Some activities I’ve found that are helping me get more concrete answers on this:
🚶🏽♀️🐕 Walking daily, minimum of an hour. Aside from swimming, this is probably my favorite method of clearing my head. It works better when you can manage to have a ‘Do Not Disturb’ setting on your phone.
🗓 Blocking off my calendar for high-priority tasks. Checklists are good. Commitment to calendars is better. Don’t be afraid of filling in your personal calendar with things you would like to do. If nothing else, this will force the things you don’t enjoy doing out of your daily life, one spot at a time.
📚 Reading books (fiction, non-fiction) daily, minimum of 30 minutes. It’s a habit that builds up compound interest over time and is, quite frankly, responsible for slowly changing my life. Wrote about this on post #35: Modern Forms of Magic
💸 Investing consistently, and thinking about future investments. This is a new thing for me and the more I wrap my head around this, the more I feel optimistic about the world, in general. I’ll be more comfortable talking about this on future posts…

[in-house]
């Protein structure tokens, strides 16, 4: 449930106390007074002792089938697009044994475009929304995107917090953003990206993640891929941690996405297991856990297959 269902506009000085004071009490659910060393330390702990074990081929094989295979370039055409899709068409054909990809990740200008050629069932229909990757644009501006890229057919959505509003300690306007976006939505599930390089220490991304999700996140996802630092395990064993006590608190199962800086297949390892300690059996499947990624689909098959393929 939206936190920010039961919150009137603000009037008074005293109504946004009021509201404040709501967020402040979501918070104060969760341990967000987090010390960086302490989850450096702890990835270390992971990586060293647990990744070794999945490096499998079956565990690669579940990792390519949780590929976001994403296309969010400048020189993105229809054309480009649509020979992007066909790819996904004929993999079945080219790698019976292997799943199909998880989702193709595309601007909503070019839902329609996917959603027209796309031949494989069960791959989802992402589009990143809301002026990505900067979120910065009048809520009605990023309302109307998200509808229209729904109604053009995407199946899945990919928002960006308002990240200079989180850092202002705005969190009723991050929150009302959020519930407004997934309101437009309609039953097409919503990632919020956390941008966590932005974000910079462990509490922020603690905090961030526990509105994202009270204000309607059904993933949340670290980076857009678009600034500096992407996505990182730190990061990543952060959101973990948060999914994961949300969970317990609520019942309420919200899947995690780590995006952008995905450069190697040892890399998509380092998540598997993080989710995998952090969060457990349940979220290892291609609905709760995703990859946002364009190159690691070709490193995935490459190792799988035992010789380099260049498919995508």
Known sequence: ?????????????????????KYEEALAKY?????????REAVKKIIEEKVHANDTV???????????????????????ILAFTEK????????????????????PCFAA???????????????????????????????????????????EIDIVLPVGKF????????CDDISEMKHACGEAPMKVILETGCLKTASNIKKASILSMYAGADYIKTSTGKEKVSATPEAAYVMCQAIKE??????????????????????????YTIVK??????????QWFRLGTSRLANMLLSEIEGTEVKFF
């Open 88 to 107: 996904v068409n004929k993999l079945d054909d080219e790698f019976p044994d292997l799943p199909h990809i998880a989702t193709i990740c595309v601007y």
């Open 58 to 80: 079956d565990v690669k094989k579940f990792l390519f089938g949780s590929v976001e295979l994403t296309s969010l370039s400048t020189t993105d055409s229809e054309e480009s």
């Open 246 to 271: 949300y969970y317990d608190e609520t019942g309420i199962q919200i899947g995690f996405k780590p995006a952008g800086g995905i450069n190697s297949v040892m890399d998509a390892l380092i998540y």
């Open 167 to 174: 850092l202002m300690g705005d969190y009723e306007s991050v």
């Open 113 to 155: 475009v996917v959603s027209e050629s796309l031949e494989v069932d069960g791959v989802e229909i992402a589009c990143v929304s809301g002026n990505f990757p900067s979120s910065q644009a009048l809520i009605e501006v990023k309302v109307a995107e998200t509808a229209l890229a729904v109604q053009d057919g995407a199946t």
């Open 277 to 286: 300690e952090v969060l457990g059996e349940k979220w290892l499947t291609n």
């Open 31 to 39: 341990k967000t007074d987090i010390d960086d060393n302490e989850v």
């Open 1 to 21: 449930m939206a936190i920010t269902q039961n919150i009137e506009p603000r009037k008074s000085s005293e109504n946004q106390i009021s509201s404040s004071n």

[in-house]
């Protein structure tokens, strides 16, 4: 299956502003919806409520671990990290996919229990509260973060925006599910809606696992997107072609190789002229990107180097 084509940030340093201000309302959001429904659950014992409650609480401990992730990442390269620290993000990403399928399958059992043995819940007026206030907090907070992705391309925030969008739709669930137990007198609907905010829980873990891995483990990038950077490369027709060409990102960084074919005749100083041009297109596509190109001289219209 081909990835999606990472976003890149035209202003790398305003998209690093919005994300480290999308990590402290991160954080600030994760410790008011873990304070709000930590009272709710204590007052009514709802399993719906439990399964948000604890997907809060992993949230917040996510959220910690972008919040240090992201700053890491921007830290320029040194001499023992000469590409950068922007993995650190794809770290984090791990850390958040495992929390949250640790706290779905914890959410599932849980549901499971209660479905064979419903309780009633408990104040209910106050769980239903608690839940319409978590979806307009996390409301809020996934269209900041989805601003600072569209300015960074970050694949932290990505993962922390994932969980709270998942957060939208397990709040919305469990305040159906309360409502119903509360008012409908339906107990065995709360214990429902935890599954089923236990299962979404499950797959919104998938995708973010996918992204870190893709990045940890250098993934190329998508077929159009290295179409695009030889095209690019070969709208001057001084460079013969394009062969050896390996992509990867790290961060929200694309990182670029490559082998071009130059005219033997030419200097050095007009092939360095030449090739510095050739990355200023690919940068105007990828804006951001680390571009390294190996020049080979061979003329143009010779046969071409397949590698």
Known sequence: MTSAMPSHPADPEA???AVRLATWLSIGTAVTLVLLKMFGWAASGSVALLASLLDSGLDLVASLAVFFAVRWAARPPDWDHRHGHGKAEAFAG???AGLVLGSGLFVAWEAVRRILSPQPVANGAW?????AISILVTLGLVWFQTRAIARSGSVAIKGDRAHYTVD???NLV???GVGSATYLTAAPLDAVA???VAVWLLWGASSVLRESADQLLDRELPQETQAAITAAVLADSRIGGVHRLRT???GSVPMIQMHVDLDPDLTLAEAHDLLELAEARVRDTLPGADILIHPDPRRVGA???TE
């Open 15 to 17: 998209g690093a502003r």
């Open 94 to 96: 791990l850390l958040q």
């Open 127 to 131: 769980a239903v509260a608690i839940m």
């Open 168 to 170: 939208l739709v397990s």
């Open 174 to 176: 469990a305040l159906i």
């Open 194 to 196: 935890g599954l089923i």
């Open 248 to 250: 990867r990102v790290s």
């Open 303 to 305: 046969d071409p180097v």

👩🏽💻 Finding joy on the everyday labor. I love what I do as a UX Designer. There’s no doubt in my mind about that. Aside from my day job, I juggle with a lot of things as well: writing, teaching, being a responsible home owner / wife / amateur cook. Make no mistake all of those roles would constantly demand attention and focus. It’s not always fun but I’ve learned to squeeze every pleasure I can get from all of them. I’ve found that to be the single most effective mental model for keeping things going.
🧠 Mind mapping constantly. My favorite tool for this, currently, is FigJam. In UX, this is an exercise and a practice that helps make sense of abstract problems. Equally useful in life as well, in a lot of ways. At the very least, it’ll help you unblock your head and paint you a better picture of what’s really happening.